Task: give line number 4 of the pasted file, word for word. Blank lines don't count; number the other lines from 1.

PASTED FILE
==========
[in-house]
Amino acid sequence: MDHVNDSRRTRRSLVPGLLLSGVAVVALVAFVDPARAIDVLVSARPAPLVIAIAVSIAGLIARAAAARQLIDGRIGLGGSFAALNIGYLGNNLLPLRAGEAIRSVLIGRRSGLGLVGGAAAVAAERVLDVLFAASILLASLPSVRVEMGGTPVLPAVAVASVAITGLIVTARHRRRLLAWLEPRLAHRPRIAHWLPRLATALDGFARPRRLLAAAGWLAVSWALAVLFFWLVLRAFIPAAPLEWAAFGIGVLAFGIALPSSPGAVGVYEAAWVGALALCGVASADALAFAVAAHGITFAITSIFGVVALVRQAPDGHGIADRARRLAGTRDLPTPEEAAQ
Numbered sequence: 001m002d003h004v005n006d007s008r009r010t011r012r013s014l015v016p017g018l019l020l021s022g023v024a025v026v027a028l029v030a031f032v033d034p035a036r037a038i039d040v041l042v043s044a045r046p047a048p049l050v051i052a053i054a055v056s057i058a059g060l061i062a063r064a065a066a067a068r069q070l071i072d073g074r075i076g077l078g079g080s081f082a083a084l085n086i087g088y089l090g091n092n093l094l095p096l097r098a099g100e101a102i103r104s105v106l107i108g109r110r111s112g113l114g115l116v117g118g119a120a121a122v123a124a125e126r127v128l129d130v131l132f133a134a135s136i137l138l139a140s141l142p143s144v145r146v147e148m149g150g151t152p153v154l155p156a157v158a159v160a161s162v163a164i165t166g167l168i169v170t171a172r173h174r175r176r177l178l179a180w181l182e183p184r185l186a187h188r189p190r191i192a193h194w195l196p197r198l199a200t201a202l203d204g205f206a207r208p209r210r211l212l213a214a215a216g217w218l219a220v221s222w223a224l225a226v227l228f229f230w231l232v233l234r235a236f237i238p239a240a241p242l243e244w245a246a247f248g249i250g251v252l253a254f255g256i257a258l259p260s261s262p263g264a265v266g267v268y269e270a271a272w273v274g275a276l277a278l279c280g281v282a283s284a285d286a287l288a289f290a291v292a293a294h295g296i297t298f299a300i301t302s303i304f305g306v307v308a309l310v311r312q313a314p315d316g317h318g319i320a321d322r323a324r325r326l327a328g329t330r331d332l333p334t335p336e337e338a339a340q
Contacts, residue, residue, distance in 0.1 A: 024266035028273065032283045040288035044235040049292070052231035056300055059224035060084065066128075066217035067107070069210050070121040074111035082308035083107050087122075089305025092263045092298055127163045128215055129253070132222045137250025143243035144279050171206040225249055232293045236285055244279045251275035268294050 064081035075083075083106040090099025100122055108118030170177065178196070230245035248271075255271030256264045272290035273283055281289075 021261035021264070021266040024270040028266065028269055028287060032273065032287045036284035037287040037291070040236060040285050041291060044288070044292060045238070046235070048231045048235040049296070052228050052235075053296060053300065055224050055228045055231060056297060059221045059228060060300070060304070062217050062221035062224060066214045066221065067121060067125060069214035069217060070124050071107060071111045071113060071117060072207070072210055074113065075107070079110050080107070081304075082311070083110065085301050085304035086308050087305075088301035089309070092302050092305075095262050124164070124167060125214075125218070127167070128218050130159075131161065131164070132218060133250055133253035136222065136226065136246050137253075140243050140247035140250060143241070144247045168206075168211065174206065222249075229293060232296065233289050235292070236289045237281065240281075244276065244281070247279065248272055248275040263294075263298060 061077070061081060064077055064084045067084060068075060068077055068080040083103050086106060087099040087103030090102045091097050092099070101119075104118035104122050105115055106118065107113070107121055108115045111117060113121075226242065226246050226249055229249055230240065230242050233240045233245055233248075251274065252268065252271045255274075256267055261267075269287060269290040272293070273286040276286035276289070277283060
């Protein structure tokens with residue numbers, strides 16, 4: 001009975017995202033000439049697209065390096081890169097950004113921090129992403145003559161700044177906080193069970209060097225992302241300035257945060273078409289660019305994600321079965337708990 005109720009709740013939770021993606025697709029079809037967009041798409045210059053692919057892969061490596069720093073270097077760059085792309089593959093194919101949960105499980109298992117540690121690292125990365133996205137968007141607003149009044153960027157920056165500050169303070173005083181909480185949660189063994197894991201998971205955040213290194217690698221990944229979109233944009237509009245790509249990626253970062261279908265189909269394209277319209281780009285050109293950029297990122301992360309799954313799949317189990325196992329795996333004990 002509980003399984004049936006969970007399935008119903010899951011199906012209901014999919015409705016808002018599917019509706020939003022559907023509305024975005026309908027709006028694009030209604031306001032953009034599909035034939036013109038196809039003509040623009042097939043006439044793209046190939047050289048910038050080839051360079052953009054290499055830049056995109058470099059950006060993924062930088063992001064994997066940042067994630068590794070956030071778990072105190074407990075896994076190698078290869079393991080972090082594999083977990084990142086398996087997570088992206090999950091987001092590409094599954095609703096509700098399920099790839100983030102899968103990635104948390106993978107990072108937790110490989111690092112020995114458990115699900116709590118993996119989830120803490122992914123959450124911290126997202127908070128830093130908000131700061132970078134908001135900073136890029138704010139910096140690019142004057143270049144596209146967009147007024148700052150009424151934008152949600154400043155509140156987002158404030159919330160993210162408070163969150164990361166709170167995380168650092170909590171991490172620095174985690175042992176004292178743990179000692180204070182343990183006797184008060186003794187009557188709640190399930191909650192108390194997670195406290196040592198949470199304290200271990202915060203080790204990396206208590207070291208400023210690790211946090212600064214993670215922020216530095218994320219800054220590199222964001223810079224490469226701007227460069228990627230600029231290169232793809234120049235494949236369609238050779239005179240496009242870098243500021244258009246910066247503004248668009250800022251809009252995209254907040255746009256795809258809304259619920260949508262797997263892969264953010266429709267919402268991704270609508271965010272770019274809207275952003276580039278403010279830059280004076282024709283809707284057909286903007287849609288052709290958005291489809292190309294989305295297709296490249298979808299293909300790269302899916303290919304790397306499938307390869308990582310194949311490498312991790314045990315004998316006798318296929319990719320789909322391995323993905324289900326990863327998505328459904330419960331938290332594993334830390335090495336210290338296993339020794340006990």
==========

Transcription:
Contacts, residue, residue, distance in 0.1 A: 024266035028273065032283045040288035044235040049292070052231035056300055059224035060084065066128075066217035067107070069210050070121040074111035082308035083107050087122075089305025092263045092298055127163045128215055129253070132222045137250025143243035144279050171206040225249055232293045236285055244279045251275035268294050 064081035075083075083106040090099025100122055108118030170177065178196070230245035248271075255271030256264045272290035273283055281289075 021261035021264070021266040024270040028266065028269055028287060032273065032287045036284035037287040037291070040236060040285050041291060044288070044292060045238070046235070048231045048235040049296070052228050052235075053296060053300065055224050055228045055231060056297060059221045059228060060300070060304070062217050062221035062224060066214045066221065067121060067125060069214035069217060070124050071107060071111045071113060071117060072207070072210055074113065075107070079110050080107070081304075082311070083110065085301050085304035086308050087305075088301035089309070092302050092305075095262050124164070124167060125214075125218070127167070128218050130159075131161065131164070132218060133250055133253035136222065136226065136246050137253075140243050140247035140250060143241070144247045168206075168211065174206065222249075229293060232296065233289050235292070236289045237281065240281075244276065244281070247279065248272055248275040263294075263298060 061077070061081060064077055064084045067084060068075060068077055068080040083103050086106060087099040087103030090102045091097050092099070101119075104118035104122050105115055106118065107113070107121055108115045111117060113121075226242065226246050226249055229249055230240065230242050233240045233245055233248075251274065252268065252271045255274075256267055261267075269287060269290040272293070273286040276286035276289070277283060